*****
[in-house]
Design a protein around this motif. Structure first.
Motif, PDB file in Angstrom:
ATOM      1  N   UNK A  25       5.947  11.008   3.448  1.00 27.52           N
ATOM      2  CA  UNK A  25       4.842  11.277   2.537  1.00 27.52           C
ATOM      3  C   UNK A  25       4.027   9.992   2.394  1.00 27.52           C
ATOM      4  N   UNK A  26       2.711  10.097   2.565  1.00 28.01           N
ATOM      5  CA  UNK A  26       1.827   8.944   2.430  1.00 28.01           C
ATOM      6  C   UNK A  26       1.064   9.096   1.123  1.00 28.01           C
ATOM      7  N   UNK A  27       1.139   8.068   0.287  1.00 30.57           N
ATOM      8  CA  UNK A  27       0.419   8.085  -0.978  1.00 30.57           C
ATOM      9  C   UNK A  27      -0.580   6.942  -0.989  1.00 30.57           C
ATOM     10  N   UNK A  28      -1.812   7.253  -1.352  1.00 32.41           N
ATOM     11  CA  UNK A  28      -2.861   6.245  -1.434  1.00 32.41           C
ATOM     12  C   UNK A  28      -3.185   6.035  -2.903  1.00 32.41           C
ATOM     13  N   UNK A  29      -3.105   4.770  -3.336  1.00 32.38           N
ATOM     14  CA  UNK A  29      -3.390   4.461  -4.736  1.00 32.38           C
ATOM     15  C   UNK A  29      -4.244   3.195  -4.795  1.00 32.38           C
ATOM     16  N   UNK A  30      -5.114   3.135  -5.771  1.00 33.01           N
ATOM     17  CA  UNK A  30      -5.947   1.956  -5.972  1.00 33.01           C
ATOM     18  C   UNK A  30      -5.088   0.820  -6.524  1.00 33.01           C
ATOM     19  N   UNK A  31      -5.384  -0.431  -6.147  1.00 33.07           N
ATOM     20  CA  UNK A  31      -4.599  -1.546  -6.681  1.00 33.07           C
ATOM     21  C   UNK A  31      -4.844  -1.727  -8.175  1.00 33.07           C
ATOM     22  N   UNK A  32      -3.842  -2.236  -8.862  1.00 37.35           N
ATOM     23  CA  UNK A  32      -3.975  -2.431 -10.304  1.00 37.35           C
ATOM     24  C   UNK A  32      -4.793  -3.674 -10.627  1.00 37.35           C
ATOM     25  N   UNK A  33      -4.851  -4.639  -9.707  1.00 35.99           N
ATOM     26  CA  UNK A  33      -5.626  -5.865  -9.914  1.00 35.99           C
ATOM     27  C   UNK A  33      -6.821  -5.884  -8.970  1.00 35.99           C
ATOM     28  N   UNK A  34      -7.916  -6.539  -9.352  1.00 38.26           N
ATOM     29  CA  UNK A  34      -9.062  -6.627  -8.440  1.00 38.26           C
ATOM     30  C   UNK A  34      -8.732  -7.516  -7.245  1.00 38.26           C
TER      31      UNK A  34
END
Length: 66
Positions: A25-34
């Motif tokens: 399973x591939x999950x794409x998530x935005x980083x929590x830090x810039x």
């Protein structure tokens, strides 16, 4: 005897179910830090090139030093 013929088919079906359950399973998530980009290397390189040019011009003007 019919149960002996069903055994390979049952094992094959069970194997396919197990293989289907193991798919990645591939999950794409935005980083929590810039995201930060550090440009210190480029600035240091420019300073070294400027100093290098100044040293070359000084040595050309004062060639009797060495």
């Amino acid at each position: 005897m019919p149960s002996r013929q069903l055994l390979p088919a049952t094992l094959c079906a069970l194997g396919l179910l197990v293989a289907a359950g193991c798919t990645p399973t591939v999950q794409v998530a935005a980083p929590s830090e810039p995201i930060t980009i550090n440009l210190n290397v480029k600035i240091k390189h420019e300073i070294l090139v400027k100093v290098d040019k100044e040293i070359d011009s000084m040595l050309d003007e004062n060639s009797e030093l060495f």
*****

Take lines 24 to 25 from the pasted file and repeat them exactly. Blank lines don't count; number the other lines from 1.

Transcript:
ATOM     21  C   UNK A  31      -4.844  -1.727  -8.175  1.00 33.07           C
ATOM     22  N   UNK A  32      -3.842  -2.236  -8.862  1.00 37.35           N